Marriage in Akfa (among tribes)
From: firstname.lastname@example.org "Rick L. Bradford"
I would like to offer an artical on the subject of Marriage in
Akfa', In sha'allah.
Marriage in Akfa'
Akfa' is the plural of kuf' which means an equal or one alike. For
example, the Arabs are the akfa' of the Arabs and the Quraish are
the akfa' of the Quraish. Thus the people of the one tribe or one
family would be akfa' among themselves, and people of one race
would be akfa' among themselves. There is nothing in the Qur'an or
in the Tradition to show that a marriage relation can only be
established among the akfa'. It is quite a different thing that,
generally, people should seek such relations among akfa', but
Islam came to level all distinctions, whether social, tribal or
racial, and therefore it does not limit the marriage relationship
The principle that tribes and families have no special value with
God is clearly established: "O mankind, surely We have created you
from a male and female, and made you tribes and families that you
may know each other. Surely the noblest of you with Allah is the
most dutiful of you" (49:13). The way is open for establishing all
kinds of relationships between Muslims to whatever country or
tribe they may belong be declaring that "the belivers are
brethren" (49:10), and "the believers, men and women, are friends
(auliya') of each other" (9:71). The Prophet interpreted these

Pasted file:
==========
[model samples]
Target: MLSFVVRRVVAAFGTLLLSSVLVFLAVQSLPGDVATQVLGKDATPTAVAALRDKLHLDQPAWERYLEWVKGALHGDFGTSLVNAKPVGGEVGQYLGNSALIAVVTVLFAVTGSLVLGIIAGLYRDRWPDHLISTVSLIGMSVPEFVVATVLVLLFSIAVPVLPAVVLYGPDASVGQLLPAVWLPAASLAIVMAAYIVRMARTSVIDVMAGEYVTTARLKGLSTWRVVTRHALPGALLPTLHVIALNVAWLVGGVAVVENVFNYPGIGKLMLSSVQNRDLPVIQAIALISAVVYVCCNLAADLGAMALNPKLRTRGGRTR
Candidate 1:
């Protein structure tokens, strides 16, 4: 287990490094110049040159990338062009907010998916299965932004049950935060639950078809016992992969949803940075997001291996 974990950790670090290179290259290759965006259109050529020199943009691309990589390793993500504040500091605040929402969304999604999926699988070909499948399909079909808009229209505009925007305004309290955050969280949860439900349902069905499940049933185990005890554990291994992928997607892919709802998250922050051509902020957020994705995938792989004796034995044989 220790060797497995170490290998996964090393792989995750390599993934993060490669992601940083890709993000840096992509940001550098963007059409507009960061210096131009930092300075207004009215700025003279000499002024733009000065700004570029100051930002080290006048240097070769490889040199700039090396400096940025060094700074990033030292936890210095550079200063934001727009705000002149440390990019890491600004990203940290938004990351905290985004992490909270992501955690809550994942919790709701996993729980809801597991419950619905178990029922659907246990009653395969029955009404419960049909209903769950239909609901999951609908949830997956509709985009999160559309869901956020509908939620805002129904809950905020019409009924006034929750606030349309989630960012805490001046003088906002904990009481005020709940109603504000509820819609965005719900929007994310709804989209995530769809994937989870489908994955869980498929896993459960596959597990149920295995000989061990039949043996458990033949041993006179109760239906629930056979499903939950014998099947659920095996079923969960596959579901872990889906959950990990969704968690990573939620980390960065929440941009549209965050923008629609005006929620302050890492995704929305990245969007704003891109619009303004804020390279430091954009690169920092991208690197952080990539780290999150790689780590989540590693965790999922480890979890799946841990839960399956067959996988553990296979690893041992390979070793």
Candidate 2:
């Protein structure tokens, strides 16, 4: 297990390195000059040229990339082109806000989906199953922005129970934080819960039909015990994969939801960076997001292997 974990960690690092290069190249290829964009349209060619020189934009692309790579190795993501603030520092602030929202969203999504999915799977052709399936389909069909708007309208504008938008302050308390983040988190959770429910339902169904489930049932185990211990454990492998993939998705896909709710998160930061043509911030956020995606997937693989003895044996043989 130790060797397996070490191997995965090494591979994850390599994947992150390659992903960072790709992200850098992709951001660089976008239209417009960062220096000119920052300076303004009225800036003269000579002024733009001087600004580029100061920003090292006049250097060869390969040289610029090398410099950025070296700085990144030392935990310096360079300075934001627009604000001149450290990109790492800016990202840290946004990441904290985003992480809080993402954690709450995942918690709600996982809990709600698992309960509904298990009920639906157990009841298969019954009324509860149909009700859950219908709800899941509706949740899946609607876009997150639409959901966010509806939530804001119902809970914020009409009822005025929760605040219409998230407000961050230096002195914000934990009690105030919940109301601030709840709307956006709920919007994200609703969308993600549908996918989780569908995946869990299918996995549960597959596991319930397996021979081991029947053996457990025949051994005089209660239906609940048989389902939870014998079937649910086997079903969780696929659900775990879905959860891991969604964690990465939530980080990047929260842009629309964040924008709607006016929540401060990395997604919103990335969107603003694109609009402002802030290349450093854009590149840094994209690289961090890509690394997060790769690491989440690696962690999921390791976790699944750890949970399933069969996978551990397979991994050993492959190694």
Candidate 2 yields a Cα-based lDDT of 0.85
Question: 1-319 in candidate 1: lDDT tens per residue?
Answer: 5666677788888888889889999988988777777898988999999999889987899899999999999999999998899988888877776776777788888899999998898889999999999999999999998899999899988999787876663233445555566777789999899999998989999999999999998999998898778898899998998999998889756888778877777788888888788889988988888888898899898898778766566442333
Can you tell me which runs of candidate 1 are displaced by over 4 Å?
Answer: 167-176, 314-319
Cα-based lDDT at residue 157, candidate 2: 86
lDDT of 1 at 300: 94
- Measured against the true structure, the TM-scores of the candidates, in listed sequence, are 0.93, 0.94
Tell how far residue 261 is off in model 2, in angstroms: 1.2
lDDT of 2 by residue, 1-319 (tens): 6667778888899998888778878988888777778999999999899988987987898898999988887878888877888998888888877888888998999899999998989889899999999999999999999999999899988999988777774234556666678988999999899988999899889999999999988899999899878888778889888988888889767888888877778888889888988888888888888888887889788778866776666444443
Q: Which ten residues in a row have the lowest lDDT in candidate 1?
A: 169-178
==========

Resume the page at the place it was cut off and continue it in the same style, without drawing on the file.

verses by saying: "The Arab has no precedence over the non-Arab,
nor the non-Arab over the Arab, nor the white man over the black
one, nor the black man over the white one except by excelling in
When speaking of contracting marriage-relationships, the Qur'an
speaks only of certain forbidden relations and then adds: "And
lawful for you are all women besides those" (4:24). And again it
goes so far as to allow marital relations with non-Muslims: "And
so are the chaste from among the believing women and th chaste
from among those who have been given the Book before you" (5:5).
The Prophet recommended the marriage of a lady of the tribe of
Quraish of the noblest family, his aunt's daughter, Zainab, to
Zaid who was a liberated slave; and Bilal, a negro, was married to
the sister of 'Abd al-Rahman ibd 'Auf. There are other examples
of the same kind in the early history of Islam. In one tradition
it is stated that the Prophet recommended a certain man, called
Abu Hind, to the tribe of Bani Bayadz, to whom he stood in the
relation of a maula (a liberated slave), and followed the
profession of hajamah (the craft of the cupper), saying: "O Bani
Bayadz! Give (your daughters) to Abu Hind in marriage and take in
marriage his daughters" (AD. 12:26).
This tradition cuts at the root of the limitation of marriage to
akfa'; yet the jurists have insisted on it. Imam Malik, in this
respect, differs from others, saying that Kafa'ah (equality) is
brought about by religion, that is to say, all Muslims are alike
or equal. The majority of the jurists require equality in four
things-religion, freedom, descent and profession. Iman Shafi'i
says that he could not declare a marriage outside of the akfa' to
be illegal (haram; it is disability which is removed by the
consent of the women and her guardians.
Abd Raheem K. Muhammad.